You guys fail to acknowledge the facts that GDP was up and the economy had numerous signs of stabilization and leveling off, in other words the storm had been weathered in March 2009, (two months after the Messiah took office) and if is wasnt for excessive govt. spending AKA = stimulus, printing more money, crony capitalism and other Obama policies, this Administration of “rookies” drove the economy further into the ditch rather than out. Now we have his foreign policy unraveling right before our eyes, our US ambassador and other Americans murdered and more unrest. I suppose this is Bush’s fault? Enough is enough with this clown in office.

EPAR713 October 24, 2012 at 2:53 pm

“The stock market,corporate profits,private sector job growth:all have been strong.”With that statement,you have sealed your own fate.You have NO credibility and are wasting your and everyone elses time.Goodbye.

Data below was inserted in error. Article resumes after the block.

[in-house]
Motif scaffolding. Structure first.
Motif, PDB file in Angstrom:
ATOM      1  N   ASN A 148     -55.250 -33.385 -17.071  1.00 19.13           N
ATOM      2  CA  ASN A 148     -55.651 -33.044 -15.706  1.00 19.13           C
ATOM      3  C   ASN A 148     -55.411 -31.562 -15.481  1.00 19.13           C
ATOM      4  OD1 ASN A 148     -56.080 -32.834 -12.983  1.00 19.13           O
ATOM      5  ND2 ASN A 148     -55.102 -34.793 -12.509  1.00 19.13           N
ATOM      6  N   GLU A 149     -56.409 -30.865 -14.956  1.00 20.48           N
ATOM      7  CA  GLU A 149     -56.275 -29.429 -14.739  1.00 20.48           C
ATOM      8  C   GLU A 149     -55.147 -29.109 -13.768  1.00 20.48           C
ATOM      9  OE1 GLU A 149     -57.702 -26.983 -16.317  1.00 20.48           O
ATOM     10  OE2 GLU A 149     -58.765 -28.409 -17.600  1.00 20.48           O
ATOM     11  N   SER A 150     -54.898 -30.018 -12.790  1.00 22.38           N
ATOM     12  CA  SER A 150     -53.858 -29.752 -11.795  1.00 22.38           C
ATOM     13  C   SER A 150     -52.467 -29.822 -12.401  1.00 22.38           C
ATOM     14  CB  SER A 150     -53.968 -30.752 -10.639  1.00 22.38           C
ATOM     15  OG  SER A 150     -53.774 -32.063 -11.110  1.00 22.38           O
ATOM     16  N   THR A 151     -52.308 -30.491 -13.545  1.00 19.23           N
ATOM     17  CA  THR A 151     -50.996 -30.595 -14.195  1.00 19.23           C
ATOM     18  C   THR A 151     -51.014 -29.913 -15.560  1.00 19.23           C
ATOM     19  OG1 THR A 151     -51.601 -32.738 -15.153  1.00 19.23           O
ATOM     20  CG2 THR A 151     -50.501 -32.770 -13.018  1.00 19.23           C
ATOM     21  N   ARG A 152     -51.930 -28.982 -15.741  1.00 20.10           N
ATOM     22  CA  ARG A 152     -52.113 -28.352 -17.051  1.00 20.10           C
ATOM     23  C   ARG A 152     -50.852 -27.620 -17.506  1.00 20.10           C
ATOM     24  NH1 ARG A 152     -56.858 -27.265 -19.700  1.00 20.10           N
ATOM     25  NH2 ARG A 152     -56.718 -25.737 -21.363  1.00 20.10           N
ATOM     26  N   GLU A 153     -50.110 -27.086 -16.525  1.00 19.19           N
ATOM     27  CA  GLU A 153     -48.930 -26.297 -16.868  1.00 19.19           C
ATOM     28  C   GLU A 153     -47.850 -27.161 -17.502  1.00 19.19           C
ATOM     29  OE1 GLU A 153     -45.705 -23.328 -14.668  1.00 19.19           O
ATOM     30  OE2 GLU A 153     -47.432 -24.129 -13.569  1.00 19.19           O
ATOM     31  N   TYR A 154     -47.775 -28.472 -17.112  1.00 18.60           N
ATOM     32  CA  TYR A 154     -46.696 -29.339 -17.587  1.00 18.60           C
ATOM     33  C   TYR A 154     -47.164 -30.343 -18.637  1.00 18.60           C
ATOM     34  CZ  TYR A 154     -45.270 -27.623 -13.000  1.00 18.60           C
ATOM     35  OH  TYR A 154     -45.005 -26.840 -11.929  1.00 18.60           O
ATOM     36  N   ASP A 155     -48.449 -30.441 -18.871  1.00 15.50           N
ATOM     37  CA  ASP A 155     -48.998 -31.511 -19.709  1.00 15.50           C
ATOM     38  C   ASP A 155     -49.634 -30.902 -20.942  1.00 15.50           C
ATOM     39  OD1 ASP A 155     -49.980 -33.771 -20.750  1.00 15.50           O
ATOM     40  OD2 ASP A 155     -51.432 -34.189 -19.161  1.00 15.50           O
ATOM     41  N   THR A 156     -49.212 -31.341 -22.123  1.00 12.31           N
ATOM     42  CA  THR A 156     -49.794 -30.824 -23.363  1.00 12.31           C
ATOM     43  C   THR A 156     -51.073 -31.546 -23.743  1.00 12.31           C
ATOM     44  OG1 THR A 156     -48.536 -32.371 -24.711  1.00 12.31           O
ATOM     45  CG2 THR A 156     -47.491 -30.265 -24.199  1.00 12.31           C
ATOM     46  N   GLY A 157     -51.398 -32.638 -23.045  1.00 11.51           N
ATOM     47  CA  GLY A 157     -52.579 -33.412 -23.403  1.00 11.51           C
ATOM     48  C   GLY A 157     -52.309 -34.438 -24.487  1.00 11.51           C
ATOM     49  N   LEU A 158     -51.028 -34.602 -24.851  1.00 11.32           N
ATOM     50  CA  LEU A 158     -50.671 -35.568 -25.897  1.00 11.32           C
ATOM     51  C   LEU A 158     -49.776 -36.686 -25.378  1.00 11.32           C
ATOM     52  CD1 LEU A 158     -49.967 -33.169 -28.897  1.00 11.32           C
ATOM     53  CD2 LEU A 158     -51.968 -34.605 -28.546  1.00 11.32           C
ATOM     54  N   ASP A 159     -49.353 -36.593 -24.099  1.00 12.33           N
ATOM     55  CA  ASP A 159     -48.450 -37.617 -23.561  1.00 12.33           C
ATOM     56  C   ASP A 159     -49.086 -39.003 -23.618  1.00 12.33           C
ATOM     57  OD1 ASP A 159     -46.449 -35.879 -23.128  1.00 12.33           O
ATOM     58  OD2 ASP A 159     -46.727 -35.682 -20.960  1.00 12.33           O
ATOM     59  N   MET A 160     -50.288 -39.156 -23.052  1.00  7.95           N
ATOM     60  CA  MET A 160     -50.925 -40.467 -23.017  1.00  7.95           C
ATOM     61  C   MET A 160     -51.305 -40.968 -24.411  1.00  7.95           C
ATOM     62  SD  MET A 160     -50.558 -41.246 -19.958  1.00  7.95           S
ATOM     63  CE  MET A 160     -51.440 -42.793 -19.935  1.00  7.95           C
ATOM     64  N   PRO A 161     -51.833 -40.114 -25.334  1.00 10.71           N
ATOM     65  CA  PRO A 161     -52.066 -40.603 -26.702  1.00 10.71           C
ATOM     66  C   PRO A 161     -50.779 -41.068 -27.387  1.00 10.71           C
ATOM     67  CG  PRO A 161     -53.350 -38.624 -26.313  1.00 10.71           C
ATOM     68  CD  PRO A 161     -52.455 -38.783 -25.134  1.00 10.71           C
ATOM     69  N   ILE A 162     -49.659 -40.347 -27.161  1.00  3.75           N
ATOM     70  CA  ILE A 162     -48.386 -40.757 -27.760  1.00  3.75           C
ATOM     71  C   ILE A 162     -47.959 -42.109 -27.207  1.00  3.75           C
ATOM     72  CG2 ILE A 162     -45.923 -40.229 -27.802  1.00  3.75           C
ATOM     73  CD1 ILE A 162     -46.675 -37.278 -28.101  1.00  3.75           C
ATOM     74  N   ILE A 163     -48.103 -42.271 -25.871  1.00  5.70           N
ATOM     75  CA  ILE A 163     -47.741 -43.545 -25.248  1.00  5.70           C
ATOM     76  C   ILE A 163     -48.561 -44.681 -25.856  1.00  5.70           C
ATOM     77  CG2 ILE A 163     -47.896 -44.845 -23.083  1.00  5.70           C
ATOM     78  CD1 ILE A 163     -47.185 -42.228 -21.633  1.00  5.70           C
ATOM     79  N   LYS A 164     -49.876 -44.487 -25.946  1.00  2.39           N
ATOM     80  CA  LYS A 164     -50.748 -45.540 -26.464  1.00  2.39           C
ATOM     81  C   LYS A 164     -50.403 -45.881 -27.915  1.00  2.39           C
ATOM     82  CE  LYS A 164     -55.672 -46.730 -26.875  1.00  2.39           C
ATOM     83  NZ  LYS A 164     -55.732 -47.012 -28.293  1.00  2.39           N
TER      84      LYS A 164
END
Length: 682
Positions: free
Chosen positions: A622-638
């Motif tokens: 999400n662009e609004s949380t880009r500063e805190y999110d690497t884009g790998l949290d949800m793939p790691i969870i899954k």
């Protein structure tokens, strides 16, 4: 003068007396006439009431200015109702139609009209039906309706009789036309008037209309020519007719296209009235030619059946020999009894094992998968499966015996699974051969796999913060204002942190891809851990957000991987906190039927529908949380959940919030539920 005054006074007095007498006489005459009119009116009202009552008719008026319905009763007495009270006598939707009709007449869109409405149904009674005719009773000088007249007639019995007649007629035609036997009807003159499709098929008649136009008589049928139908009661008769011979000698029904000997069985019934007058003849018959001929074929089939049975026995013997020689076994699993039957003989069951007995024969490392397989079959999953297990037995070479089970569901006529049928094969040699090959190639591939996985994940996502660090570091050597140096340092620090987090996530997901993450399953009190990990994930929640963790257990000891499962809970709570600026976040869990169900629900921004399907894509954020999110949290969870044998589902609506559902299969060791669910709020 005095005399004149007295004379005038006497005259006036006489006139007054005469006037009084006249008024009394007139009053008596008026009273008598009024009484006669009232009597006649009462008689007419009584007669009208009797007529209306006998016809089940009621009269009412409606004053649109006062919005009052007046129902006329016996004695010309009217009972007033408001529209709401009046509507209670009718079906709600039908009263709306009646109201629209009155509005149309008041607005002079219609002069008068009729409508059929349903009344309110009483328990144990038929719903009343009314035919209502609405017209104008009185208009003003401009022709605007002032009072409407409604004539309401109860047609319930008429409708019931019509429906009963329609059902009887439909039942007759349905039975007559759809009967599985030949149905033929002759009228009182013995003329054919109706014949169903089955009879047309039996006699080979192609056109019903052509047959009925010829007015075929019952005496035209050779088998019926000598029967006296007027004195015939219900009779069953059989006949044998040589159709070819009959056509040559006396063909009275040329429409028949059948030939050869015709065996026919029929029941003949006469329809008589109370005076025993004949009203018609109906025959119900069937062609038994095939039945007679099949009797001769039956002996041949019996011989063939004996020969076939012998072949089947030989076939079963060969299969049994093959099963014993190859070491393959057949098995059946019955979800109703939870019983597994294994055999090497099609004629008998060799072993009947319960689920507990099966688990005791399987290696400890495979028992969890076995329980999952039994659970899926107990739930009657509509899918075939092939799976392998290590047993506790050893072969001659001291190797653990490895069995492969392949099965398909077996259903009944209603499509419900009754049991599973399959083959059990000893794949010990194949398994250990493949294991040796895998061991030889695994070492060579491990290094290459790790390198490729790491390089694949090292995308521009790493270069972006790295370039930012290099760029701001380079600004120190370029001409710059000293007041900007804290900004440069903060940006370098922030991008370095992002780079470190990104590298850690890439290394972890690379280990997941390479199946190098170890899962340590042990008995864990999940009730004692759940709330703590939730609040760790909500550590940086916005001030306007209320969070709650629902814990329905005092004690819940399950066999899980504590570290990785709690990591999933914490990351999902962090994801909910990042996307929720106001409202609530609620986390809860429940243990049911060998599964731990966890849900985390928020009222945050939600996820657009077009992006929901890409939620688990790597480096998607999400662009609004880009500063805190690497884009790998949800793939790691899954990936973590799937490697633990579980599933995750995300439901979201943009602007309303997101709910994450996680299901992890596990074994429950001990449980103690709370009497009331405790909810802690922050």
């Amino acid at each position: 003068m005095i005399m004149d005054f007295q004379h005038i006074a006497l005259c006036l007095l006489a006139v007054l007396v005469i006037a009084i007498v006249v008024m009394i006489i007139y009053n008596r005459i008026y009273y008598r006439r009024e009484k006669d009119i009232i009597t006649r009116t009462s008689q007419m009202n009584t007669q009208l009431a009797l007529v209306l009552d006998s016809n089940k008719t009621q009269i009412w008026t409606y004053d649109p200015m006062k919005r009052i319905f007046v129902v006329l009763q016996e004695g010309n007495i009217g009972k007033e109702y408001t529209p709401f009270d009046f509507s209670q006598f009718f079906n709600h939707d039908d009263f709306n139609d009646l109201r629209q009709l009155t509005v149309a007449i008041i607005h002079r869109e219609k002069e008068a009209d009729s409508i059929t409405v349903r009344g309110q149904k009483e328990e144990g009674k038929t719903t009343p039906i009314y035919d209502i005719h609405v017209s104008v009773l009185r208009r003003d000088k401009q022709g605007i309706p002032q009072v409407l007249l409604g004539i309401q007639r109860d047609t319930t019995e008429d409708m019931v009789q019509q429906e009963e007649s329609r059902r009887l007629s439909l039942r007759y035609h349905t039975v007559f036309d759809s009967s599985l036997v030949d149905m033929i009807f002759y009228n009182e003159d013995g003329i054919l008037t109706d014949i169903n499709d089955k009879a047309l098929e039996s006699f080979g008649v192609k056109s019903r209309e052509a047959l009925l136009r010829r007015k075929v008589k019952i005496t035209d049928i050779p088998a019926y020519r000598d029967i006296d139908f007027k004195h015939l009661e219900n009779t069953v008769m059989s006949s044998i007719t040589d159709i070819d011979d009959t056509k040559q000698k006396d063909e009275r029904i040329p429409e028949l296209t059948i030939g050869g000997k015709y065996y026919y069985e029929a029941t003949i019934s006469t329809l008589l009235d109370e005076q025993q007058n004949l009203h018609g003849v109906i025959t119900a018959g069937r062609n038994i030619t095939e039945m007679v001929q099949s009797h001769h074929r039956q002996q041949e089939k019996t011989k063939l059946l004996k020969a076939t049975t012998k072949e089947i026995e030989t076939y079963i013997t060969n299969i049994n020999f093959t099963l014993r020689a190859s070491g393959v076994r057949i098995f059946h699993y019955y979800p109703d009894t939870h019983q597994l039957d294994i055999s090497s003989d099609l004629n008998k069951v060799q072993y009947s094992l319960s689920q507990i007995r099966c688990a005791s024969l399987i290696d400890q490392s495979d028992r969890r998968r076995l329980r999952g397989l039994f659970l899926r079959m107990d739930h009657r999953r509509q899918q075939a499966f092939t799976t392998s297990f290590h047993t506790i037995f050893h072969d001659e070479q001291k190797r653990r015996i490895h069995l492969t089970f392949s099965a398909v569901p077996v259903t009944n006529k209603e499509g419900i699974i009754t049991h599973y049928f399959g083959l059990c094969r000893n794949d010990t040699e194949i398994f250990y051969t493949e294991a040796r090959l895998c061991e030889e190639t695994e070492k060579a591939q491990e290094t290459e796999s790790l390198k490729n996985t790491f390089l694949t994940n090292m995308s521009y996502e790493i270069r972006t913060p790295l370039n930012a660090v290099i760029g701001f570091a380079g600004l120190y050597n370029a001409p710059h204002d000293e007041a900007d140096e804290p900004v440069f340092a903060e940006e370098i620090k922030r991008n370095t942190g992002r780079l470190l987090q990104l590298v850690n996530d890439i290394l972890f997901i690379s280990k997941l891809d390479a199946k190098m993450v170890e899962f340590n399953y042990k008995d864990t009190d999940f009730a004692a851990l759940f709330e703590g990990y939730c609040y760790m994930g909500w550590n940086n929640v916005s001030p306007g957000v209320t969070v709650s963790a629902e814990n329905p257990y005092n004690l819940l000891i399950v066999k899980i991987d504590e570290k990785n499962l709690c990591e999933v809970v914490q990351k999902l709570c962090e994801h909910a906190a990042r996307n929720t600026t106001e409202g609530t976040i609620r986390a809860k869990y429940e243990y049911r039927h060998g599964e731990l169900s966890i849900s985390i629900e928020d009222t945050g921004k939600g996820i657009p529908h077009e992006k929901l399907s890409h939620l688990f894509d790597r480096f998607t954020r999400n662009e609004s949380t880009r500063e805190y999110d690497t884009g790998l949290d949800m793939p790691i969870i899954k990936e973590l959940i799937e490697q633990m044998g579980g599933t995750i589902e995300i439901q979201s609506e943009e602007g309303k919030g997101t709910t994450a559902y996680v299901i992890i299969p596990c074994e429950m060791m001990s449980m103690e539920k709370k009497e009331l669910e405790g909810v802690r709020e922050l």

Barry Burden September 11, 2012 at 11:21 am

A public memo coming out of the Romney-Ryan campaign today says the following:

Historical Data: Political campaign historians will recall President Jimmy Carter led Ronald Reagan by a near double digit margin late in the fall in 1980. In that race, the voters made their decision based on the key issues confronting the nation and it determined the outcome.

mlindroo September 11, 2012 at 11:46 am

> Political campaign historians will recall President Jimmy Carter
> led Ronald Reagan by a near double digit margin late in the fall in 1980

I suspect the Romney campaign only cites the Gallup polls, which did suggest Carter was pulling away in October 1980.